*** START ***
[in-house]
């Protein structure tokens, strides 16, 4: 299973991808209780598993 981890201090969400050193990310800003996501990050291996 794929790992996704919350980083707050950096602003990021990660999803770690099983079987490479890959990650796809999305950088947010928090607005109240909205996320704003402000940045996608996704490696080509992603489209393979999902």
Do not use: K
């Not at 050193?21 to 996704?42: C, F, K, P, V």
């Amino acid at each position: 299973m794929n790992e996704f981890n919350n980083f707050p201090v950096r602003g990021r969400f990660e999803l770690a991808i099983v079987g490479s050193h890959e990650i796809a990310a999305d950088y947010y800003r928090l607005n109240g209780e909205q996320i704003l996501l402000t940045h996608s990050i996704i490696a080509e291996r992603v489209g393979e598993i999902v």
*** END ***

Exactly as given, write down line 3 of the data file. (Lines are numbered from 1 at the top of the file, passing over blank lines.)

Do not use: K